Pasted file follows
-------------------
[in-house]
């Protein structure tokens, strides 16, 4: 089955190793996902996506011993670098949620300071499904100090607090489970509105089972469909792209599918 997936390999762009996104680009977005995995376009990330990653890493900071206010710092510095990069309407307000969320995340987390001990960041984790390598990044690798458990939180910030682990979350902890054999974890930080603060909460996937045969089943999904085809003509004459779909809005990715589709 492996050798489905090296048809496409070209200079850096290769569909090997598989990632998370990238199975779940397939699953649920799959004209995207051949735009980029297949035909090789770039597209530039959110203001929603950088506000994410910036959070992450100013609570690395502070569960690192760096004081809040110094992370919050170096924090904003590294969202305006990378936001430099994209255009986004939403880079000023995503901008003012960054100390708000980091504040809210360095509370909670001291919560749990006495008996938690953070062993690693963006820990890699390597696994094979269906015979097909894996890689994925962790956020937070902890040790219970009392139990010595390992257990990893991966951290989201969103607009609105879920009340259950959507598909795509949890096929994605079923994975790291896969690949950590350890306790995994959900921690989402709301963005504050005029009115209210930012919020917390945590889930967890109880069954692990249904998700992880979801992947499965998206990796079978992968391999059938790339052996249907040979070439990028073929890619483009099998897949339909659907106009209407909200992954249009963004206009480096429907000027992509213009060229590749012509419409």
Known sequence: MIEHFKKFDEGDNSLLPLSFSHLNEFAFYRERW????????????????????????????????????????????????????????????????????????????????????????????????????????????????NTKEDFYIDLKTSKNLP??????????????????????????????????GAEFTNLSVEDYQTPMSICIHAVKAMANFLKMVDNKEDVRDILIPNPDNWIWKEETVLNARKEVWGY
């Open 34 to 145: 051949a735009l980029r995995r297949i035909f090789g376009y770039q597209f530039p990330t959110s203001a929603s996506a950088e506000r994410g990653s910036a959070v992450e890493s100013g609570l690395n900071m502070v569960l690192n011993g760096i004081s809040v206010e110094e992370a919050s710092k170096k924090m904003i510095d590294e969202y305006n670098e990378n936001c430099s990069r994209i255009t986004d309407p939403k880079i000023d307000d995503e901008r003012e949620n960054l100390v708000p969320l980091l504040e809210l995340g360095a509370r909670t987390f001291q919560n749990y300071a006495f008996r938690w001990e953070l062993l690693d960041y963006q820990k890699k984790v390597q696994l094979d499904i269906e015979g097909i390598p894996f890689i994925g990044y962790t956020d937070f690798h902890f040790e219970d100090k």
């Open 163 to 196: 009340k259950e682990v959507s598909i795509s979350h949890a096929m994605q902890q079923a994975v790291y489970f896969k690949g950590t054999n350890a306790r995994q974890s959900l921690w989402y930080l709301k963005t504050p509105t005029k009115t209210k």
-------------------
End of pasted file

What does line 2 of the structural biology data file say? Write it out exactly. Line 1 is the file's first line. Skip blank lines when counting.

């Protein structure tokens, strides 16, 4: 089955190793996902996506011993670098949620300071499904100090607090489970509105089972469909792209599918 997936390999762009996104680009977005995995376009990330990653890493900071206010710092510095990069309407307000969320995340987390001990960041984790390598990044690798458990939180910030682990979350902890054999974890930080603060909460996937045969089943999904085809003509004459779909809005990715589709 492996050798489905090296048809496409070209200079850096290769569909090997598989990632998370990238199975779940397939699953649920799959004209995207051949735009980029297949035909090789770039597209530039959110203001929603950088506000994410910036959070992450100013609570690395502070569960690192760096004081809040110094992370919050170096924090904003590294969202305006990378936001430099994209255009986004939403880079000023995503901008003012960054100390708000980091504040809210360095509370909670001291919560749990006495008996938690953070062993690693963006820990890699390597696994094979269906015979097909894996890689994925962790956020937070902890040790219970009392139990010595390992257990990893991966951290989201969103607009609105879920009340259950959507598909795509949890096929994605079923994975790291896969690949950590350890306790995994959900921690989402709301963005504050005029009115209210930012919020917390945590889930967890109880069954692990249904998700992880979801992947499965998206990796079978992968391999059938790339052996249907040979070439990028073929890619483009099998897949339909659907106009209407909200992954249009963004206009480096429907000027992509213009060229590749012509419409």